Eat Jesus’ flesh, and drink his blood? These words felt disturbing and scary. I would ponder the language as I prayed the Prayer of Humble Access aloud on Sundays, lips pressed together in troubled silence when we got to the flesh and blood part. Maybe God will give me a pass on my youthful reticence over this language. Because the crowd listening to Jesus in today’s gospel has exactly the same reaction: How can this man give us his flesh to eat? they ask.
So Jesus tells them again, Very truly — Biblical Greek for “LISTEN UP, GUYS!” — Very truly I tell you, unless you eat the flesh of the Son of Man and drink his blood, you have no life in you. As New Testament professor Audrey West observes, Two thousand years of theology and interpretation have buffered us from the horror of this image. Why would Jesus teach with such a shocking metaphor — used seven whole times in as many verses? In this very same passage, Jesus says, I am the living bread that came down from heaven. Whoever eats of this bread will live forever; and the bread that I will give for the life of the world is my flesh. Those who eat my flesh and drink my blood have eternal life, and I will raise them up on the last day; for my flesh is true food and my blood is true drink.
A Disturbing Metaphor
There is no history of cannibalism in the Ancient Near East. And we know from John’s gospel that the Judeans listening to Jesus were as shocked and confused by this disturbing metaphor as we are today when we pause to think about it.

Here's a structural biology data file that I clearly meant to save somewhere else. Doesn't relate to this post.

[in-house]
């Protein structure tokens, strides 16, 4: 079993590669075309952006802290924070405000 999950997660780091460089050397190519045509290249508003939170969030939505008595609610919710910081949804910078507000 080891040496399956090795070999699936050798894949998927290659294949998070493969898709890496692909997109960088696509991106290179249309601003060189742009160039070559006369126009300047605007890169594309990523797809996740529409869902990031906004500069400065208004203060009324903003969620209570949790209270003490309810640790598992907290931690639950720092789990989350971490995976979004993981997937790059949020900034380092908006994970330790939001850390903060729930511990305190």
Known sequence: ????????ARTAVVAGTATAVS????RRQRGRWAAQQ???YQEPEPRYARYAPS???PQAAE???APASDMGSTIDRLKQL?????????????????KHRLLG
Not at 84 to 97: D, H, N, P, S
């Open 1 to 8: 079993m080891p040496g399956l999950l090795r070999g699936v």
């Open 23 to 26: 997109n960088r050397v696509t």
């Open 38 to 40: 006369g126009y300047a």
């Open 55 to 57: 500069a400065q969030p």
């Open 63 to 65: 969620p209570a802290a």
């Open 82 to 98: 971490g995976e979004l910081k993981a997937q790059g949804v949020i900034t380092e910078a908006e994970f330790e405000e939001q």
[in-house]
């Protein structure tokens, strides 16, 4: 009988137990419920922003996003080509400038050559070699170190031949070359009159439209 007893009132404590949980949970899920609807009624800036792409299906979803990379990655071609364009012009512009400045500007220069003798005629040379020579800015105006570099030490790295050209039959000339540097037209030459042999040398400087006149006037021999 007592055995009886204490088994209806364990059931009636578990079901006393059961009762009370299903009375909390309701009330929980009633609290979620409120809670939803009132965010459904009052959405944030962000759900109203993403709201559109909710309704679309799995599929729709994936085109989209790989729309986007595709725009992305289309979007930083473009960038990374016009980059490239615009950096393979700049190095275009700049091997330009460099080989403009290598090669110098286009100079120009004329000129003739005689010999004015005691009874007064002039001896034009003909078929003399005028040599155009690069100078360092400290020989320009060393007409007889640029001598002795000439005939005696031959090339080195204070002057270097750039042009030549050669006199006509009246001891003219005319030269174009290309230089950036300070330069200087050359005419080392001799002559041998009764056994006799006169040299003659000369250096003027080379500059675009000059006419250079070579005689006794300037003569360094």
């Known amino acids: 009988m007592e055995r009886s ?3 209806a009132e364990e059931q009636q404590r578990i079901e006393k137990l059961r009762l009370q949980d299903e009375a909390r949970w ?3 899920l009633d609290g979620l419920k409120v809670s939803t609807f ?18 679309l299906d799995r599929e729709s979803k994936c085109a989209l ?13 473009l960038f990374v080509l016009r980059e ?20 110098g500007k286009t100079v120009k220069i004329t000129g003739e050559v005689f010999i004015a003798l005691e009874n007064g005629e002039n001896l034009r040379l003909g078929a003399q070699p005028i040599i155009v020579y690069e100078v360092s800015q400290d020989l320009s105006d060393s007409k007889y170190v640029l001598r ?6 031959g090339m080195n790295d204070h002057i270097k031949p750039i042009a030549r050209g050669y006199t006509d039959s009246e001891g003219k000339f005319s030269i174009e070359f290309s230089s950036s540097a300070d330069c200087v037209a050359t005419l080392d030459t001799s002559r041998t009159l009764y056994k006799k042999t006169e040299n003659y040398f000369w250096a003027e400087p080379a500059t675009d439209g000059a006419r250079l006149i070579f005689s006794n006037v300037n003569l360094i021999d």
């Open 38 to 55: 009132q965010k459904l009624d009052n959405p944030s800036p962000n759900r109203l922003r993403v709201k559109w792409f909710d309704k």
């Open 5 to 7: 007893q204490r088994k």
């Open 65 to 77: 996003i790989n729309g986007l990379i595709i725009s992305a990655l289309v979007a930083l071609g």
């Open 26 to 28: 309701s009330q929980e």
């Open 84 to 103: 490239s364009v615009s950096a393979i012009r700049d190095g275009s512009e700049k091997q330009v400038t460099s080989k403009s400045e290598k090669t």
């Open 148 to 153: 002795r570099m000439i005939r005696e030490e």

As preacher Matt Fitzgerald writes, Maybe it makes us feel too close to God — to God’s fleshy, incarnate reality. Wouldn’t we rather just contemplate belief than consume the flesh and blood of Jesus? If I’m being candid, I have to really wonder. This language feels unsettling, and Jesus means it that way. There is no other reason to repeat this image seven times in as many verses, while also reflecting the crowd’s incredulous response to these disturbing words. Yikes — Let’s just sit in the pew and think instead. That feels so much less scary, committed, and messy.
Jesus catches us at that very predictable response. Jesus is pointing right at our temptation to tidy faith — easy religion — here. The eternal life Jesus is describing is an engaged, all-in, courageous faith. Jesus is describing the internalization — eating right up all that Jesus teaches and means about the real, human, incarnate nature of our God, and making it part of our very lives and bodies in a real way.
Jesus’ extravagant, repeated invitation to eat his body and drink his blood is not a tidy, elegant social invitation to come dressed up once a week on Sundays to a carefully maintained, controlled environment to pray for an hour. This is an abundant, repeated, endless invitation to eternal life. What are we hungry for, after we’ve eaten our fill of empty calories — fried chicken and doughnuts — what do we still need? We are nourished with the body and blood of Jesus — being and becoming what we pray and practice, not just on Sundays but all of the time, and in all that we do.
It’s scary — totally out of our control. It’s extravagant, lavish, exciting, delicious, heartbreaking, life-giving, and messy. The eternal life Jesus describes is just dripping with sunny goodness like a perfect tomato sandwich in August, with juices that run down your chin and land on the front of your shirt. And that’s ok. In the words of prominent 20th century theologian Tom Robbins in Even Cowgirls Get the Blues, “If life gets messy, eat it over the sink.” Amen